Saudi Arabia's Flynas firms up $3.73bn order for 30 Airbus narrow-body jets

Twenty-four agreements and initial deals signed at France–Saudi Investment Forum in Paris

Flynas chief executive Bander Al Mohanna (left) and Airbus chief commercial officer Christian Scherer (right) firm up an order for 30 more A320neo family aircraft. Photo: Flynas
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Saudi Arabia's discount airline Flynas has firmed up an order for 30 more Airbus A320neo family aircraft worth 14 billion Saudi riyals ($3.73 billion) at list prices, expanding operations in line with the country's ambitions to grow its aviation sector.

The deal takes the airline’s total order with Airbus to 120 A320neo aircraft, including 10 long-range A321XLR jets, the plane maker said on Monday.

The order was signed on the first day of the Paris Airshow.

The budget airline, which operates an all-Airbus fleet, last year said it had approved plans to increase its existing aircraft order to 250, as it seeks to become the biggest low-cost airline in the Middle East.

In 2017, Flynas signed a $8.6 billion order for 120 Airbus jets, which includes 80 firm orders and another 40 purchase rights. In 2019, it signed a firm order for 10 A321XLRs at the Dubai Airshow, taking the total firm orders to 90.

Monday's firm purchase of 30 A320 Neo family jets rounds off its order for 120 aircraft.

Flynas, which began operations as Nas Air in 2007, is partly owned by Kingdom Holding, the investment vehicle of Saudi Arabian billionaire Prince Alwaleed bin Talal.

It currently operates a fleet of 49 aircraft, a mix of 32 Airbus A320 Neos, 13 A320 classic versions and four wide-body A330s.

Flynas's latest aircraft deal comes as the airline boosts its operations in line with Saudi Arabia's Civil Aviation Strategy, which aims to increase the annual passenger traffic to 330 million and connect the kingdom with more than 250 destinations worldwide by 2030.

“Several orders are soon to be announced in aviation and aerospace,” Khalid Al Falih, Saudi Arabia's Minister of Investment, said during a speech at the France-Saudi Investment Forum in Paris earlier on Monday.

More than 20 agreements and initial deals were signed between French and Saudi Arabian companies and government entities at the start of the forum. These covered sectors including energy, manufacturing, waste management and aviation.

The kingdom has big ambitions to develop non-oil sectors such as tourism, travel, aviation and hospitality as part of its Vision 2030 to reduce the economy's reliance on hydrocarbons.

It has set a goal attracting 100 million visitors by 2030, creating a new airline with a base in Riyadh and planning a major new airport in the capital to match its ambitions.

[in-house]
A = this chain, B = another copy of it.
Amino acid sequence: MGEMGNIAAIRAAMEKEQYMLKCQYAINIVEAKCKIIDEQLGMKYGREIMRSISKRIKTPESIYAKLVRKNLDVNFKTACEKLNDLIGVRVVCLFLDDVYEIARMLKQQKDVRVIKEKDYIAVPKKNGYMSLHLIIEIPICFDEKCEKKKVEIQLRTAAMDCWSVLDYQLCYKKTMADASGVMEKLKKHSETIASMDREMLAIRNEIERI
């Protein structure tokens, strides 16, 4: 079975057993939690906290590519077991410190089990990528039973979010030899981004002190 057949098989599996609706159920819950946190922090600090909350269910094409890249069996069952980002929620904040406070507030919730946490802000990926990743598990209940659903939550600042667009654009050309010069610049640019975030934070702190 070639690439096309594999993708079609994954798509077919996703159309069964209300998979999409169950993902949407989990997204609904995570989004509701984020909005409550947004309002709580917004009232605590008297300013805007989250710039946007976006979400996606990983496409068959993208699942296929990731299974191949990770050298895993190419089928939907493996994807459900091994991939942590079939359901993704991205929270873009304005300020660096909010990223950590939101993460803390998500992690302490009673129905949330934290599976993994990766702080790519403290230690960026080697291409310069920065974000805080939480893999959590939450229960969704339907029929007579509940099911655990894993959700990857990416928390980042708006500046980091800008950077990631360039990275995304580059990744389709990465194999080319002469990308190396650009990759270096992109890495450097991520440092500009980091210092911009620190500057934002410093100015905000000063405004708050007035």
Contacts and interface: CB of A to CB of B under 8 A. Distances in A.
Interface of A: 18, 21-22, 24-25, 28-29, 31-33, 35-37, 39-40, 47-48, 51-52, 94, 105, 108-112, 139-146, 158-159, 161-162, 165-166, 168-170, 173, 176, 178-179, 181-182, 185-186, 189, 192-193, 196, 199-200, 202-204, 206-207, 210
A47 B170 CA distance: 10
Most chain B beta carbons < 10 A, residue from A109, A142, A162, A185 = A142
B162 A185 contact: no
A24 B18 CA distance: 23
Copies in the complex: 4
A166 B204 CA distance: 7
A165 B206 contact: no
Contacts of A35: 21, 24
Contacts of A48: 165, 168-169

Saudi Arabia now claims the title of the world’s fastest growing tourism destination, according to data from the UN World Tourism Organisation.

In 2022, more than 93.5 million tourists visited Saudi Arabia – 77 million domestic and 16.5 million international visitors.

This year, the kingdom hopes to attract 30 million tourists, after a record first quarter when it hosted 7.8 million international arrivals, Ahmed Al Khateeb, Minister of Tourism for Saudi Arabia, told the investment forum in Paris.

“The pandemic is behind us … we will grow fast this year, we're optimistic,” he said. He added that the target of 100 million visitors by the end of the decade is “very doable”.

He called on investors to capitalise on “amazing opportunities in a virgin market with a high rate of growth in the next decade or two”.

The “opportunity is massive” as the tourism sector currently contributes only 3 per cent to Saudi Arabia's gross domestic product, compared with a global average of 10 per cent, he said.

Besides aviation and tourism, the forum is focusing on investment opportunities for collaboration between Saudi Arabia and France in areas such as energy transition, technology, start-ups and financial services.

“Investment without finance doesn't flow,” Mr Al Falih said.

“The financial sector is full of opportunities.”

Saudi Arabia's estimated credit demand will exceed €1.2 trillion ($1.3 trillion) by 2030 and the country will seek financial investment to feed this credit demand, the minister said.

“We aspire to grow domestic debt market volumes by an estimated half a trillion euros. French banks … are becoming major actors in ESG [environmental, social and governance] financing and already working with the kingdom to support us to achieve our ambitions in this space,” he said.

“By the end of this decade, an incremental investment of more than €3 trillion will have been created in the kingdom and we're going to meet or exceed this target,” Mr Al Falih said.

Updated: June 20, 2023, 2:41 PM